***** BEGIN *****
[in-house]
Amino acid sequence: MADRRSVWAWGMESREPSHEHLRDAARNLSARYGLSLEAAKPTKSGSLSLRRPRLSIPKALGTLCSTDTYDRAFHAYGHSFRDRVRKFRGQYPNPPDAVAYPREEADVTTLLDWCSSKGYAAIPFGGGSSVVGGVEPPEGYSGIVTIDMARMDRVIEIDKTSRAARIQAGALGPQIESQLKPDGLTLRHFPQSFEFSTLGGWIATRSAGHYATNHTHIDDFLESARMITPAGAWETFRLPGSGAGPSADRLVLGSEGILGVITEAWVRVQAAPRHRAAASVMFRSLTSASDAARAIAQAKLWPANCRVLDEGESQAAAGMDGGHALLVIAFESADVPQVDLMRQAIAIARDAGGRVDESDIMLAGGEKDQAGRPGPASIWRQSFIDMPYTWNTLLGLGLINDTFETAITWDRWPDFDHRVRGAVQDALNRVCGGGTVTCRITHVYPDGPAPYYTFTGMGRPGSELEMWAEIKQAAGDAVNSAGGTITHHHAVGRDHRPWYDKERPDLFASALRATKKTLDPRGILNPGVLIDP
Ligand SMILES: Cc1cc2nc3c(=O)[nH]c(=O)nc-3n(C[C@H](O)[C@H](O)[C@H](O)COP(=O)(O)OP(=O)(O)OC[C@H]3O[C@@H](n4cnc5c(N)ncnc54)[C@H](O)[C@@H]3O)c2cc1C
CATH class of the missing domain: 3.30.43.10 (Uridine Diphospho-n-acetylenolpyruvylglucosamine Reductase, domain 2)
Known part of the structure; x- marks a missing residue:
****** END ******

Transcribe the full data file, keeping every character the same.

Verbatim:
[in-house]
Amino acid sequence: MADRRSVWAWGMESREPSHEHLRDAARNLSARYGLSLEAAKPTKSGSLSLRRPRLSIPKALGTLCSTDTYDRAFHAYGHSFRDRVRKFRGQYPNPPDAVAYPREEADVTTLLDWCSSKGYAAIPFGGGSSVVGGVEPPEGYSGIVTIDMARMDRVIEIDKTSRAARIQAGALGPQIESQLKPDGLTLRHFPQSFEFSTLGGWIATRSAGHYATNHTHIDDFLESARMITPAGAWETFRLPGSGAGPSADRLVLGSEGILGVITEAWVRVQAAPRHRAAASVMFRSLTSASDAARAIAQAKLWPANCRVLDEGESQAAAGMDGGHALLVIAFESADVPQVDLMRQAIAIARDAGGRVDESDIMLAGGEKDQAGRPGPASIWRQSFIDMPYTWNTLLGLGLINDTFETAITWDRWPDFDHRVRGAVQDALNRVCGGGTVTCRITHVYPDGPAPYYTFTGMGRPGSELEMWAEIKQAAGDAVNSAGGTITHHHAVGRDHRPWYDKERPDLFASALRATKKTLDPRGILNPGVLIDP
Ligand SMILES: Cc1cc2nc3c(=O)[nH]c(=O)nc-3n(C[C@H](O)[C@H](O)[C@H](O)COP(=O)(O)OP(=O)(O)OC[C@H]3O[C@@H](n4cnc5c(N)ncnc54)[C@H](O)[C@@H]3O)c2cc1C
CATH class of the missing domain: 3.30.43.10 (Uridine Diphospho-n-acetylenolpyruvylglucosamine Reductase, domain 2)
Known part of the structure; x- marks a missing residue: